Imagine this: American cities are learning they need to rethink how they do stuff because of the aging of the population.
If they want people to use their facilities, shop in their stores, spend money in them, then America’s cities need to rethink how they do stuff.
That is what is being learned by those who would like to keep from going out of business as the demographics move upwards.
But isn’t it a lesson that should have been learned all along?
Isn’t the option of being more customer friendly a good thing, one that we have seen missed for some time now?
We certainly hear enough complaints when it’s missing.
As a recent Associated Press article noted, communities are beginning to see that there is a real need to cater to the physical needs of the aging shoppers.
“Last year, East Harlem became the city’s first ‘aging improvement district.’ Sixty stores, identified with window signs, agreed to put out folding chairs to let older customers rest as they do their errands. The stores also try to keep aisles free of tripping hazards and use larger type so signs are easier to read. A community pool set aside senior-only hours so older swimmers could get in their laps without faster kids and teens in the way.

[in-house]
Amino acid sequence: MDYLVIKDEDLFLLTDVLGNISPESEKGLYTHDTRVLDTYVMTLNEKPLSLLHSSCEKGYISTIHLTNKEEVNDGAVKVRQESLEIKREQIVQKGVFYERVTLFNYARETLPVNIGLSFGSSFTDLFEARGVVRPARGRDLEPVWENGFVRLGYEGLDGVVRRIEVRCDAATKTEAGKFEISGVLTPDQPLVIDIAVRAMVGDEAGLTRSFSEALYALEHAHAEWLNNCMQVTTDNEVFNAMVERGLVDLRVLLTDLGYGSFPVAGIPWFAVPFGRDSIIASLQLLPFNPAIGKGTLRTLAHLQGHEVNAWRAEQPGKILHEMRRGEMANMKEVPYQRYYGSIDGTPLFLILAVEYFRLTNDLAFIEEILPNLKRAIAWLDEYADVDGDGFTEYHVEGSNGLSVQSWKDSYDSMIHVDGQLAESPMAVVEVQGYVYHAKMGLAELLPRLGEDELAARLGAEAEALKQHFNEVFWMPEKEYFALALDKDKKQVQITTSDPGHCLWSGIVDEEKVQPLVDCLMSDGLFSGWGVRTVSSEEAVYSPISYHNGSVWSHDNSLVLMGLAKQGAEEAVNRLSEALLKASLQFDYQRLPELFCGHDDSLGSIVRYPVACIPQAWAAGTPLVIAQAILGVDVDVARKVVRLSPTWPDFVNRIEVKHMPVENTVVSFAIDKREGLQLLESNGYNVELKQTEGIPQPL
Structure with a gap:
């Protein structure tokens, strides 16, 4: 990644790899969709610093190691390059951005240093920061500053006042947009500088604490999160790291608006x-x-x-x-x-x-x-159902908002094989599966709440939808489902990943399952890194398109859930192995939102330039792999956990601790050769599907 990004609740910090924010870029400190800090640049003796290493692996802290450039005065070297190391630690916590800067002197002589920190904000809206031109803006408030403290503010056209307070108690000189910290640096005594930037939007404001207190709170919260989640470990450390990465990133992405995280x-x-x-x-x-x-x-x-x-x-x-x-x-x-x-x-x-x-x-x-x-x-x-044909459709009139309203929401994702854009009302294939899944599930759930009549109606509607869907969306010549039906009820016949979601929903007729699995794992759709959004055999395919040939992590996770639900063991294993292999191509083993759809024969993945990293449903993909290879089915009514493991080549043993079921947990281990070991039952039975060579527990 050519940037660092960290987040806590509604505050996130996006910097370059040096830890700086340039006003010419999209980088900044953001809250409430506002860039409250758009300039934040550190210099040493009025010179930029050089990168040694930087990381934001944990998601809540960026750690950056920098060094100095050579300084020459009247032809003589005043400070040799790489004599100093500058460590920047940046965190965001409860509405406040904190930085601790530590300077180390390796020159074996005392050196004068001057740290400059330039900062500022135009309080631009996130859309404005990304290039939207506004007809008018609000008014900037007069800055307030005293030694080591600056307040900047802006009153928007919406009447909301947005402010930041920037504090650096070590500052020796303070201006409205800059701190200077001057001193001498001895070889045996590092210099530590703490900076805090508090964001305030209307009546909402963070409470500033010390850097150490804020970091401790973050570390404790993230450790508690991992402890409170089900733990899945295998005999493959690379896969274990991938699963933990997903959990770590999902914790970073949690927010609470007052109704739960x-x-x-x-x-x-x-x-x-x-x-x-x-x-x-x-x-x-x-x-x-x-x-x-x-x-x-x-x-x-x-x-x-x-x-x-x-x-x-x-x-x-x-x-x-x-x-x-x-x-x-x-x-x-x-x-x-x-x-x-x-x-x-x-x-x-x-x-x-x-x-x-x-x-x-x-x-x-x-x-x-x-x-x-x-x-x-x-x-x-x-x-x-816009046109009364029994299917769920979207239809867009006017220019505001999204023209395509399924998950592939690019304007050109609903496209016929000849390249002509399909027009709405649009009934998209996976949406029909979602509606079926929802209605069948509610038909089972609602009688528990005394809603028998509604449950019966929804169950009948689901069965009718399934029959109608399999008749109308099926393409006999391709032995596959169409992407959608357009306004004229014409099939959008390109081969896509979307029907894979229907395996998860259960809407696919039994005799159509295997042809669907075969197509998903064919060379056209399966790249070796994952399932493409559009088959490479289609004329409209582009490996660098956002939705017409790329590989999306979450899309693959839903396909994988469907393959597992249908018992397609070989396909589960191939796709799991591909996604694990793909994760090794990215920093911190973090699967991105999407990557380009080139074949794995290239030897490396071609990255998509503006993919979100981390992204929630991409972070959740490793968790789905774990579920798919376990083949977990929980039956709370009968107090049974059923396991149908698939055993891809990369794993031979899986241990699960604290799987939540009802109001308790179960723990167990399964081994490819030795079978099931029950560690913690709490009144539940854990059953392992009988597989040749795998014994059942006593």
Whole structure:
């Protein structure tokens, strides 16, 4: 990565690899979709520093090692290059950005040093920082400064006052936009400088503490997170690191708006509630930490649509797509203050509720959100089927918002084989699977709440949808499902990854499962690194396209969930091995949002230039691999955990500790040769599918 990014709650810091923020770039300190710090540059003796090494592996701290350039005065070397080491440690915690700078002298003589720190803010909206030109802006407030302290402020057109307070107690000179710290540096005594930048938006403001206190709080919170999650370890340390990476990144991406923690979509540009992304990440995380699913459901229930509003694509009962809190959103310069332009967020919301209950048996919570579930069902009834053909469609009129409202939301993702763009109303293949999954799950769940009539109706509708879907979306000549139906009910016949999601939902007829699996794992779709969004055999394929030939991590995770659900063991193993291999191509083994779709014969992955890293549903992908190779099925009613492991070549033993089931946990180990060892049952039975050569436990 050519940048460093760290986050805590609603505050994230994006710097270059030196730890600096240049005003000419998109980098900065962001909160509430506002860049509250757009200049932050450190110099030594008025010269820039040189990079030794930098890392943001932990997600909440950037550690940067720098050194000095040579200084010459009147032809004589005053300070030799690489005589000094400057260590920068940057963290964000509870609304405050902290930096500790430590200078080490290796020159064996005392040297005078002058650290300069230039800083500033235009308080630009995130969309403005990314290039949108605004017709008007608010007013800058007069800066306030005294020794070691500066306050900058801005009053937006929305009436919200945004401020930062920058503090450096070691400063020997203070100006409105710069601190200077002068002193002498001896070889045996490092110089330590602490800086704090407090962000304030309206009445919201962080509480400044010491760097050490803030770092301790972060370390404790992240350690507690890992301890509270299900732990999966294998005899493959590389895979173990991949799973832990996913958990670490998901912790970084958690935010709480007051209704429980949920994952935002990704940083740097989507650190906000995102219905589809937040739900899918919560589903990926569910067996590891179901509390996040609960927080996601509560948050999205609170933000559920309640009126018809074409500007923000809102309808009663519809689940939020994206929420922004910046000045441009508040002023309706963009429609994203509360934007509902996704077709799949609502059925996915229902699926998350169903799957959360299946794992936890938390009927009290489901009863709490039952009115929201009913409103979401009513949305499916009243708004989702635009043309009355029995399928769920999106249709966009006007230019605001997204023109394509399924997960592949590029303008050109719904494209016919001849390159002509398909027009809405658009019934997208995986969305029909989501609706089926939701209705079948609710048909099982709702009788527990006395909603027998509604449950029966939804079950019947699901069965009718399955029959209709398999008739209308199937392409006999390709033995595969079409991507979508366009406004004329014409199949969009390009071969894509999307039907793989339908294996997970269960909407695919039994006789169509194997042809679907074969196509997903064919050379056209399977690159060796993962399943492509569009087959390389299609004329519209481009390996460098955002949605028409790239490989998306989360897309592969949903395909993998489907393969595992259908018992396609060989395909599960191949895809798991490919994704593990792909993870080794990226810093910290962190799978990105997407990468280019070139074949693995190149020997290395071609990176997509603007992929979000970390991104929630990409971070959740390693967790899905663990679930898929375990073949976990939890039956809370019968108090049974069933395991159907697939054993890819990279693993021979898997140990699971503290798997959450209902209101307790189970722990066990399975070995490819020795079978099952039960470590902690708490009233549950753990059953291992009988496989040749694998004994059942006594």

“On one long block, accountant Henry Calderon welcomes older passers-by to rest in his air-conditioned lobby even if they’re not customers. They might be, one day.
“‘It’s good for business but it’s good for society,’ too, he said.”
We have all faced the alternative, the mall with few places to sit or the downtown with virtually no amenities.
What successful communities are seeing, and frankly have seen all along, is that if you want people to spend money in a shopping district, it needs to be a place in which they are comfortable, that is friendly, that meets their perceived needs.
And those amenities will need to be more encouraging to older shoppers, as the years pass by.
“The size of the aging boom is staggering. Every day for the next few decades, thousands of baby boomers will turn 65. That’s in addition to the oldest-old, the 85- to 90-somethings whose numbers have grown by nearly one-third in the past decade, with no signs of slowing.
“By 2050, 1 in 5 Americans will be seniors. Worldwide, almost 2 billion people will be 60 or older, 400 million of them over 80.”
So, now would be a good time for communities to plan to cater to this population and a good place to start would be to encourage courtesy and customer service that has been missing from business in too many instances in the past.
— Chuck Smith